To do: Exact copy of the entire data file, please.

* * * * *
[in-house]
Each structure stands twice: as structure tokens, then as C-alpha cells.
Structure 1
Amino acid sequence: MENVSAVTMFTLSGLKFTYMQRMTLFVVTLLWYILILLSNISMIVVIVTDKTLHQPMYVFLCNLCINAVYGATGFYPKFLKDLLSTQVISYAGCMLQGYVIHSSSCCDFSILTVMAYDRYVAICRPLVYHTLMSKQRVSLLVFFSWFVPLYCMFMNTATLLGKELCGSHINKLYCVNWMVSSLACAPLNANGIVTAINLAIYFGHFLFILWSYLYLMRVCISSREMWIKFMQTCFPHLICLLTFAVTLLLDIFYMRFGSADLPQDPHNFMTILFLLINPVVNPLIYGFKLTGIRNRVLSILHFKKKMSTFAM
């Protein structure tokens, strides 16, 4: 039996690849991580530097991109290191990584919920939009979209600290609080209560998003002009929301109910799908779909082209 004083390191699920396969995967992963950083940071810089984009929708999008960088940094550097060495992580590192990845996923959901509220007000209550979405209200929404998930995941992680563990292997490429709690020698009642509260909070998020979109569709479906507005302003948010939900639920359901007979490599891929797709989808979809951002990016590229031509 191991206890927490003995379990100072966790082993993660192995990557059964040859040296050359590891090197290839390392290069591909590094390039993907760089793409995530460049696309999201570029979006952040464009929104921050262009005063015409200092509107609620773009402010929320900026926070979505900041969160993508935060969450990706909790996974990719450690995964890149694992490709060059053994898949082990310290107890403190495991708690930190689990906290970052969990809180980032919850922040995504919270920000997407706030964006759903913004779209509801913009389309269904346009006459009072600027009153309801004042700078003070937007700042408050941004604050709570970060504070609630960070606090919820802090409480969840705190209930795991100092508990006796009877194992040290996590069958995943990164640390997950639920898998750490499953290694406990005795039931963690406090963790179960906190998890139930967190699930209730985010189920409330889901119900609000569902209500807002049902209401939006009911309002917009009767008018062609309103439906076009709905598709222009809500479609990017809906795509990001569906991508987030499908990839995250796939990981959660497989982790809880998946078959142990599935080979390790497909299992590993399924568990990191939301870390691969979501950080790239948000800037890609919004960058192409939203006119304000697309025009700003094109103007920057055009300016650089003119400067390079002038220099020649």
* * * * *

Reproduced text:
[in-house]
Each structure stands twice: as structure tokens, then as C-alpha cells.
Structure 1
Amino acid sequence: MENVSAVTMFTLSGLKFTYMQRMTLFVVTLLWYILILLSNISMIVVIVTDKTLHQPMYVFLCNLCINAVYGATGFYPKFLKDLLSTQVISYAGCMLQGYVIHSSSCCDFSILTVMAYDRYVAICRPLVYHTLMSKQRVSLLVFFSWFVPLYCMFMNTATLLGKELCGSHINKLYCVNWMVSSLACAPLNANGIVTAINLAIYFGHFLFILWSYLYLMRVCISSREMWIKFMQTCFPHLICLLTFAVTLLLDIFYMRFGSADLPQDPHNFMTILFLLINPVVNPLIYGFKLTGIRNRVLSILHFKKKMSTFAM
């Protein structure tokens, strides 16, 4: 039996690849991580530097991109290191990584919920939009979209600290609080209560998003002009929301109910799908779909082209 004083390191699920396969995967992963950083940071810089984009929708999008960088940094550097060495992580590192990845996923959901509220007000209550979405209200929404998930995941992680563990292997490429709690020698009642509260909070998020979109569709479906507005302003948010939900639920359901007979490599891929797709989808979809951002990016590229031509 191991206890927490003995379990100072966790082993993660192995990557059964040859040296050359590891090197290839390392290069591909590094390039993907760089793409995530460049696309999201570029979006952040464009929104921050262009005063015409200092509107609620773009402010929320900026926070979505900041969160993508935060969450990706909790996974990719450690995964890149694992490709060059053994898949082990310290107890403190495991708690930190689990906290970052969990809180980032919850922040995504919270920000997407706030964006759903913004779209509801913009389309269904346009006459009072600027009153309801004042700078003070937007700042408050941004604050709570970060504070609630960070606090919820802090409480969840705190209930795991100092508990006796009877194992040290996590069958995943990164640390997950639920898998750490499953290694406990005795039931963690406090963790179960906190998890139930967190699930209730985010189920409330889901119900609000569902209500807002049902209401939006009911309002917009009767008018062609309103439906076009709905598709222009809500479609990017809906795509990001569906991508987030499908990839995250796939990981959660497989982790809880998946078959142990599935080979390790497909299992590993399924568990990191939301870390691969979501950080790239948000800037890609919004960058192409939203006119304000697309025009700003094109103007920057055009300016650089003119400067390079002038220099020649």